Reflecting on this "important milestone," Under Secretary of Commerce for Intellectual Property and Director of the USPTO, Kathi Vidal, noted the inevitable disruption to old habits, "We appreciate that change can be difficult for those accustomed to and with internal systems built around Private PAIR, but we are ready to make this leap with our customers into a new era of technology that will lead to better processing and more efficiencies." More obliquely, the USPTO's director acknowledged the potential for growing pains when she stated that the Office is looking forward to working with stakeholders on "IT improvements that meet their evolving needs."

Upon its launch in 2017, the Patent Center initially operated in parallel with the two older systems, taking feedback from users to develop its functionality and interface while cultivating familiarity among industry practitioners and repeat filers. Vaishali Udupa, the Commissioner for Patents, promises that this responsiveness will not change now that the Patent Center is front and center. To suggest additional features or other improvements, email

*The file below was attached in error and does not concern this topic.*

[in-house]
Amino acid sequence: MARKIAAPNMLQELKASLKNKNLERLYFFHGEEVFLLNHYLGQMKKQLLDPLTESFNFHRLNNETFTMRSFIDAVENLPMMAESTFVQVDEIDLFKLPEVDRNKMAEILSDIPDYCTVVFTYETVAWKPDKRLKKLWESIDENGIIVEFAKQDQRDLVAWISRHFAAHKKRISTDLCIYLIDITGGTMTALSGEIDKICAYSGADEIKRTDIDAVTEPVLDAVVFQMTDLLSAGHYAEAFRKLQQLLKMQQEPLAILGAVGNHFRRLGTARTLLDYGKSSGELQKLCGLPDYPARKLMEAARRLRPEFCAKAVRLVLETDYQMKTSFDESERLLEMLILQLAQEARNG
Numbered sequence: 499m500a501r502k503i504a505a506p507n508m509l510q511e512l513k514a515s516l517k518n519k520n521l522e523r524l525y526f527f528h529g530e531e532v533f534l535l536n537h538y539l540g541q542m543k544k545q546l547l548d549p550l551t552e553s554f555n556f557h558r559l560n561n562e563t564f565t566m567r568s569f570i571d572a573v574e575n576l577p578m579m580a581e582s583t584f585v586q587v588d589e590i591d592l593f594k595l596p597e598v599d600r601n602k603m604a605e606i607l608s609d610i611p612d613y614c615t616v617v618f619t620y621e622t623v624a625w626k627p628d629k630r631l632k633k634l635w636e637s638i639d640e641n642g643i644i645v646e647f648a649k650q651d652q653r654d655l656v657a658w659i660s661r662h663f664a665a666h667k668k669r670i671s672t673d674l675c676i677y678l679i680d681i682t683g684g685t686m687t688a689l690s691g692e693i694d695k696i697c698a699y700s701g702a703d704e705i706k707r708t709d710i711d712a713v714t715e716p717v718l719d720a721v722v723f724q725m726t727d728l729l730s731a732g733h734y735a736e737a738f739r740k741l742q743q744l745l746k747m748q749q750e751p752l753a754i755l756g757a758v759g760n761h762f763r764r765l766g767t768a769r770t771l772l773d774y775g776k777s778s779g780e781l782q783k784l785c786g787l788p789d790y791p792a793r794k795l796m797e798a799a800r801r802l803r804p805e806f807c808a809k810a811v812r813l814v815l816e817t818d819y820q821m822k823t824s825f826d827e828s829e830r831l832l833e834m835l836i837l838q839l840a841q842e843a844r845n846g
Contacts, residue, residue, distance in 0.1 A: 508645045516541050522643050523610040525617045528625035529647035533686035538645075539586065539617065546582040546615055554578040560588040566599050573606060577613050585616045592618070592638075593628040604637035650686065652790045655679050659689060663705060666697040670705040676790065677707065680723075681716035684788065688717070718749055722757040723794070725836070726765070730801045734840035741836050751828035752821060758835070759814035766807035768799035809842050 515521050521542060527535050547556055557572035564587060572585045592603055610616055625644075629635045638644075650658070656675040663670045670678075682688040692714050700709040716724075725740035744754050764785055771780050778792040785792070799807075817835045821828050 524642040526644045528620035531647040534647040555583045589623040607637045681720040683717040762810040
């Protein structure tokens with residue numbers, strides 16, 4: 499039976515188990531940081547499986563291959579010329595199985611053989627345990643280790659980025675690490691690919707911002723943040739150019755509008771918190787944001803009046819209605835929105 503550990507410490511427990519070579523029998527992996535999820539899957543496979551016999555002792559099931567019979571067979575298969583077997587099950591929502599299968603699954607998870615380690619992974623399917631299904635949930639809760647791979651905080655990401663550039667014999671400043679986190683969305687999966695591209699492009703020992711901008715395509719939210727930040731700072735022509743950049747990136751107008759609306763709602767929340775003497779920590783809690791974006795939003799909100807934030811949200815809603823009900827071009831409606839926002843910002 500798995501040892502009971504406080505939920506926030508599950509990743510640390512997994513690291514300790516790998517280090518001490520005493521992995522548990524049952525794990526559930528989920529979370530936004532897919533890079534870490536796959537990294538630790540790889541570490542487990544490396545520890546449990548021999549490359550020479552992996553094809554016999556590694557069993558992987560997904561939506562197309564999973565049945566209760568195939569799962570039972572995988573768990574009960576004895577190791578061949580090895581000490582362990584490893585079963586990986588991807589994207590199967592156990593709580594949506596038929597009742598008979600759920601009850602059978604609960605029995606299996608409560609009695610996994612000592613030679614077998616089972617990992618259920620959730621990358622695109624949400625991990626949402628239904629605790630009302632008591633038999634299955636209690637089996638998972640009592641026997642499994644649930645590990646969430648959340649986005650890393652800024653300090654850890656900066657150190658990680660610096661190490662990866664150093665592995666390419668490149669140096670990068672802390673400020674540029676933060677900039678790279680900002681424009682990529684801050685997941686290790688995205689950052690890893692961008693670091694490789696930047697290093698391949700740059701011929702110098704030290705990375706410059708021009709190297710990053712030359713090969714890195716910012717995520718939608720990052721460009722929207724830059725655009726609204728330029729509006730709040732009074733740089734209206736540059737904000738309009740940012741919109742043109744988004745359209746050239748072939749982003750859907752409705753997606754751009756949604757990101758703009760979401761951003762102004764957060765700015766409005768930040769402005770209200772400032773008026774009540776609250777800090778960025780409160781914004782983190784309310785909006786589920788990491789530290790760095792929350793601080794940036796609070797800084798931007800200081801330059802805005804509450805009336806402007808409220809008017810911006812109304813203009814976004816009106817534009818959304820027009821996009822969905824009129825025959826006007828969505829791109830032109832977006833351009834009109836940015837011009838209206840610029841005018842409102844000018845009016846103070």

Fresh from the oven or a little undercooked?

Of course, patents are only half of the USPTO's titular purview, and its trademark division is implementing similar upgrades this month. On November 30, the venerable Trademark Electronic Search System (TESS) will be retired and replaced by the new and less affectionately named Trademark Search tool. Being built upon a Bibliographic Retrieval System that dates back to 1993, TESS's architecture was becoming a little long in the tooth, according to a blog post from David Gooder, Commissioners for Trademarks.


A trademark registration can accumulate a lot of paperwork over time. So long as it is renewed at ten-year intervals, it can stay on an IP office's books indefinitely. This makes retrieving the most up-to-date information on one trademark out of millions a challenge, even for modern systems.

In contrast to the Patent Center's six-year phase-in period, Trademark Search only entered public beta in September 2023. Nevertheless, the cloud-based platform integrates a more robust search syntax, a simplified interface for casual users and an advanced framework for detailed queries. Together, it is hoped these features will result in a more enjoyable, more reliable search experience.